The Picture of Dorian Gray

Why did women talk about Dorian Gray in whispers?

Drama Fantasy Thriller
110 min     7.085     1945     USA


Posing for a portrait, Dorian Gray talks with Lord Henry Wotton, who says that men should pursue their sensual longings, but laments that only the young get to do so. Taken with the idea, Dorian imagines a scenario in which the painting will age as he stays youthful. His wish comes true, and his boyish looks aid him as he indulges his every whim. But when a stunning revelation forces him to see what he's become, Dorian faces some very dangerous questions.


John Chard wrote:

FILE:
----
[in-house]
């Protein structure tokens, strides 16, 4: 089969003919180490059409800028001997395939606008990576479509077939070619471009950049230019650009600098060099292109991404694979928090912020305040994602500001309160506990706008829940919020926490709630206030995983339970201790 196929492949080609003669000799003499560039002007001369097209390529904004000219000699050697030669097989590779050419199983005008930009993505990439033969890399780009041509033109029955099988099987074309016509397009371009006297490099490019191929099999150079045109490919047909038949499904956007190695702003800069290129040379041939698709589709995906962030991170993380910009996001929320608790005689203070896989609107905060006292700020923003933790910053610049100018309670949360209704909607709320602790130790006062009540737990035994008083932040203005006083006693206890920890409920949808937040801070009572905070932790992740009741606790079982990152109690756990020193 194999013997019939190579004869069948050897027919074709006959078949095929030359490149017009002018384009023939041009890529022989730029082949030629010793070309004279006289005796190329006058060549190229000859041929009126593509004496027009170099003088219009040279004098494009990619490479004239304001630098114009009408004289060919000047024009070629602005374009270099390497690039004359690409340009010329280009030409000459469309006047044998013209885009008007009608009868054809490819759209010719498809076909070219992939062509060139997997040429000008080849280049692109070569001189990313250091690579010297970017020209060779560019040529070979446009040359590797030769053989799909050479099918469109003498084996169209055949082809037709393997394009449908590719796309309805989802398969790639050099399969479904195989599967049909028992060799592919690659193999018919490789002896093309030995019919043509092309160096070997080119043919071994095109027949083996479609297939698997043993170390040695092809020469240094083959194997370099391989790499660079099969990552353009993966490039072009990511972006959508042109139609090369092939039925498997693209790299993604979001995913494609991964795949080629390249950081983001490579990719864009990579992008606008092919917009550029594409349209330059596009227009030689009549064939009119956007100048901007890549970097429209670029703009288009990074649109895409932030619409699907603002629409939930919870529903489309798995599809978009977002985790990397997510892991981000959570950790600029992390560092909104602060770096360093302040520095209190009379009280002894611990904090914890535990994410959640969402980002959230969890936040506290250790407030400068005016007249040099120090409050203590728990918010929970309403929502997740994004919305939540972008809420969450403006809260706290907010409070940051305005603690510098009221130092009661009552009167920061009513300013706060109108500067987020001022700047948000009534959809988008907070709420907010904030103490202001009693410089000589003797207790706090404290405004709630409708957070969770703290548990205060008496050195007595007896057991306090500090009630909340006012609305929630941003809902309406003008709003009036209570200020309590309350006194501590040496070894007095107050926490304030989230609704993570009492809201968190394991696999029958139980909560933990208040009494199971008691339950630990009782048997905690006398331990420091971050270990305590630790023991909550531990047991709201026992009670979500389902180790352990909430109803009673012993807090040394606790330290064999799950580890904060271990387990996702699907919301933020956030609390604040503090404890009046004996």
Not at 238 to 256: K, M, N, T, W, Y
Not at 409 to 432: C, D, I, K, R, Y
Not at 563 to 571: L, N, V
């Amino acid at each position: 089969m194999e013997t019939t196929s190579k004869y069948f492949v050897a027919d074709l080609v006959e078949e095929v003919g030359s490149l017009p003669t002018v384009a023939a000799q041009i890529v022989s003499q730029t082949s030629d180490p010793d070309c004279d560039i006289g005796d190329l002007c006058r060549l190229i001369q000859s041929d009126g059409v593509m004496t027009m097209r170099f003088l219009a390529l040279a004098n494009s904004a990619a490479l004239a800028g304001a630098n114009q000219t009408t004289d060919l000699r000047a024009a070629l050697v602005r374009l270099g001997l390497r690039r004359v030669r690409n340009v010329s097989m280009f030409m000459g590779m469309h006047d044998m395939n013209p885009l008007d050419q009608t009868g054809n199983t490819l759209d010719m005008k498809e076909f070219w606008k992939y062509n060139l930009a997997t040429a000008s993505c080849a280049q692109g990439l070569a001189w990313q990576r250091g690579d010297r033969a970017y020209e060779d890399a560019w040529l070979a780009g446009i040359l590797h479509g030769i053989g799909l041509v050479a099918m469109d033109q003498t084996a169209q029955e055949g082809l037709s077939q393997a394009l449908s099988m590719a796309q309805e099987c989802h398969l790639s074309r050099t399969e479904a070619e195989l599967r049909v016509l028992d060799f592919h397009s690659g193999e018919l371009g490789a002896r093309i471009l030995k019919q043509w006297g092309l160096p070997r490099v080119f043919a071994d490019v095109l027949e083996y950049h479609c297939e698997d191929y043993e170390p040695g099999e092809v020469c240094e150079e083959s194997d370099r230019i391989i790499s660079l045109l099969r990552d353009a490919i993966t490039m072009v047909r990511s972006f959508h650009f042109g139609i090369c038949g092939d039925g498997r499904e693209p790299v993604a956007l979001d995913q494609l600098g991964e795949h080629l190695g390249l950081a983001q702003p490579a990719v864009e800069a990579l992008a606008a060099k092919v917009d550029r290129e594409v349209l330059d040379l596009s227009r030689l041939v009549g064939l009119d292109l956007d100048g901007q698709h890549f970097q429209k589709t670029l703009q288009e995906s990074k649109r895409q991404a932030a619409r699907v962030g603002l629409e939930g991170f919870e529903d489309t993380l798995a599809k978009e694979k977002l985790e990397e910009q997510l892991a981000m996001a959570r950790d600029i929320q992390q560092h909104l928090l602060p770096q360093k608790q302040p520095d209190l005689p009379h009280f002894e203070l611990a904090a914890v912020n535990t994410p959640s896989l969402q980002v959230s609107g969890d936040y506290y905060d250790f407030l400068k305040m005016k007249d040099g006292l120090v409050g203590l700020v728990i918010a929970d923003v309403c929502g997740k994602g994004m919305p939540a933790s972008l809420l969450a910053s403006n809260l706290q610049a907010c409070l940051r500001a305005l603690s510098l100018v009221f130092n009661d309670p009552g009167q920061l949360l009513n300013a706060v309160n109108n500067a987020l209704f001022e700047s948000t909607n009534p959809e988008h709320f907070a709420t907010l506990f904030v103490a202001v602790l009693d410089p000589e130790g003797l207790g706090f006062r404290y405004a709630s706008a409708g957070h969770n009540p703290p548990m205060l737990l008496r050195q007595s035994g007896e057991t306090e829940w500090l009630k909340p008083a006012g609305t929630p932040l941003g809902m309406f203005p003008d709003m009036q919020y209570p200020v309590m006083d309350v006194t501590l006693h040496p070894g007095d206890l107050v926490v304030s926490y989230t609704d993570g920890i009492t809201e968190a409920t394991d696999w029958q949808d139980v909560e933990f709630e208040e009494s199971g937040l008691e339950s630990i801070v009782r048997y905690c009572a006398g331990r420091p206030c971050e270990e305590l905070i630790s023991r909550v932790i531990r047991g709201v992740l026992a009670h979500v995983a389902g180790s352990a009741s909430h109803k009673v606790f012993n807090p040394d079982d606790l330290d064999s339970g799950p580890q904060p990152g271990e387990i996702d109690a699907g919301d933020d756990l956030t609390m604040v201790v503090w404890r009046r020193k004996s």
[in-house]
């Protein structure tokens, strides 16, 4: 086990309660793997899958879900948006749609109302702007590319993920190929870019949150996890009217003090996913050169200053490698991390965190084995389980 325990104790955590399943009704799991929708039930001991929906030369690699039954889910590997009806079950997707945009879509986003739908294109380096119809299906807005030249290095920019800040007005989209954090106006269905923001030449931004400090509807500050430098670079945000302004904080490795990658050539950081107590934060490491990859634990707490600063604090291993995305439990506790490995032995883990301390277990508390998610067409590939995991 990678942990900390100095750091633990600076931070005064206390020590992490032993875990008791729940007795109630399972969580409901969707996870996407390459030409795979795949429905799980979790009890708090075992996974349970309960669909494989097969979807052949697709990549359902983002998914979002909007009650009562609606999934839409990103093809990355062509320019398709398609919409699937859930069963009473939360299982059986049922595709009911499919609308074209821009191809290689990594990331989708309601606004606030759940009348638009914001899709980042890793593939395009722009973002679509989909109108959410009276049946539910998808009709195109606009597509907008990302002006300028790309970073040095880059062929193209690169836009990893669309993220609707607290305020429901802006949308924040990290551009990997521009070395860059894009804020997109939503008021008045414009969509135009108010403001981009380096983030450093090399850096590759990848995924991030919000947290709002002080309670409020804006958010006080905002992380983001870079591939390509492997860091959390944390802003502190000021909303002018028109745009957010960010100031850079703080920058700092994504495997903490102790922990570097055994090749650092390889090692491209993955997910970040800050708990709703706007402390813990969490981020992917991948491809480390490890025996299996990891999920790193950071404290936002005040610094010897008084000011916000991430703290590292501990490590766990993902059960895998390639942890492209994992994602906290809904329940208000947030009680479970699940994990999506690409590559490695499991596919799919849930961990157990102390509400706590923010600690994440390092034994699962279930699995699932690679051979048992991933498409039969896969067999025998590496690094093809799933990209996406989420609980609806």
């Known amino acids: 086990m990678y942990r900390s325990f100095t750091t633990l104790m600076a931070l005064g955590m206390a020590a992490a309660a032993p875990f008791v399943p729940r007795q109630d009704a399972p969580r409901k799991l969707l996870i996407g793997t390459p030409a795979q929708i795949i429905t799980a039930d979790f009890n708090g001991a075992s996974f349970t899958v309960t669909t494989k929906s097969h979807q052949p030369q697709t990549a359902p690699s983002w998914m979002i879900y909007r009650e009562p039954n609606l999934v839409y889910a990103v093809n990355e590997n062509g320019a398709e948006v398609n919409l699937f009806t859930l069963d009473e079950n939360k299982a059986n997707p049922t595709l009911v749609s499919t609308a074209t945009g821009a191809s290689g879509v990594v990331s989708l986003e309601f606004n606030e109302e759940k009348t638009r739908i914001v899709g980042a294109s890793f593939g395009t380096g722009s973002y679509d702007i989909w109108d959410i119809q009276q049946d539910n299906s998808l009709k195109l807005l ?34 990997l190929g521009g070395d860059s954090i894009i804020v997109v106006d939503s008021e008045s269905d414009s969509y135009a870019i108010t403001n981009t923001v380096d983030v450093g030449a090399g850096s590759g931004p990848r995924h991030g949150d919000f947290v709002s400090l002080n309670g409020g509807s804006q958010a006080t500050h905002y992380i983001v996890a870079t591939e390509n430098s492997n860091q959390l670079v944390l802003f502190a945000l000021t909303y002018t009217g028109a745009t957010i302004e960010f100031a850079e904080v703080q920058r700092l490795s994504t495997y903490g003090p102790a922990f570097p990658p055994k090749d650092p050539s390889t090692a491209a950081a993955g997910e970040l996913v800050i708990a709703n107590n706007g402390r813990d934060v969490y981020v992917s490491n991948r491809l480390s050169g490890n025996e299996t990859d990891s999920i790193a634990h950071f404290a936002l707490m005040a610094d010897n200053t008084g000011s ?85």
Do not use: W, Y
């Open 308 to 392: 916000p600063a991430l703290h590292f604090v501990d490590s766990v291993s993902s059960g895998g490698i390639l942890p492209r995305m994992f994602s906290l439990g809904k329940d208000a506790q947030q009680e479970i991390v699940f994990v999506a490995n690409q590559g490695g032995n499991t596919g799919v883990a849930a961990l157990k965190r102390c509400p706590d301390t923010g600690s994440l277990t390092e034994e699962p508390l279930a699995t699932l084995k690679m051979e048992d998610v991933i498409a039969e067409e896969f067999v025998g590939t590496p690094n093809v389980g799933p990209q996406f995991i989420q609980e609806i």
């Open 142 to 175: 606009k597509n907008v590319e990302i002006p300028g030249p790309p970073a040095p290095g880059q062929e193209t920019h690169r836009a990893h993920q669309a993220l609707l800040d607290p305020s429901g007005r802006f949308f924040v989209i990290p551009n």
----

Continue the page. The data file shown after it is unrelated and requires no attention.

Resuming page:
It's only shallow people who require years to get rid of an emotion. The Picture of Dorian Gray is directed by Albert Lewin, and he also adapts the screenplay from the novel written by Oscar Wilde. It stars Hurd Hatfield, George Sanders, Angela Lansbury, Donna Reed, Peter Lawford, Lowell Gilmore, Richard Fraser and Douglas Walton. Music is by Herbert Stothart and cinematography by Harry Stradling Sr. Dorian Gray of Mayfair and Selby. Oscar Wilde's Faustian tale about a young Victorian gentleman who sells his soul to retain his youth is given a magnificent make-over by MGM. Pumping into it a budget reputedly of $2 million, the look and feel is perfect for this macabre observation of vanity, greed and self destruction. In many ways it's still an under valued movie, mainly because there will always be Wilde purists who think it lacks the writer's poetic spikiness, while horror fans quite often venture into the picture expecting some sort of violent classic ripe with sex, drugs and debauchery unbound. Lewin crafts his film in understated manner, never allowing the themes in the source material to become overblown just for dramatic purpose. He cloaks it all with an atmosphere of eeriness, thus keeping the debasing nature of Dorian Gray subdued. The horror aspects here mostly are implied or discussed in elegantly stated conversations, where the horror in fact is purely in the characterisation of Dorian himself. We really don't need to see actual things on screen, we are urged to be chilled to the marrow by his mere presence, and this works because Lewin has personalised us into this man's sinful descent by way of careful pacing and character formation. There are some jolt moments of course, notably the famous inserts of Technicolor into the black and white film, the impact of such bringing the portrait of the title thundering into our conscious. However, this is not about thrill rides and titillation, because the film, like its source, is intellectual. Lewin is aided considerably by Stradling's beautiful photography, which in turn either vividly realises the opulent abodes or darkens the dens of iniquities, so just like Lewin, Stradling and the art department work wonders and prove to be fine purveyors of their craft. Hatfield is wonderful, it's an inspired piece of casting, with his angular features and cold dead eyes, he effortlessly suggests the black heart now beating where once there was a soul. Yet even he, and the rest of the impressive cast, are trumped by Sanders as Lord Henry. Cynical, brutal yet rich with witticisms, in Sanders' excellent hands Lord Henry becomes the smiling devil like mentor perched on Dorian's shoulder. Dorian and Lord Henry are movie monsters, proof positive that not all monsters need to be seen hacking off limbs or drinking blood. In this case, the decaying of the soul is a far more terrifying experience. Fascinating, eloquent, intelligent and frightening. 9/10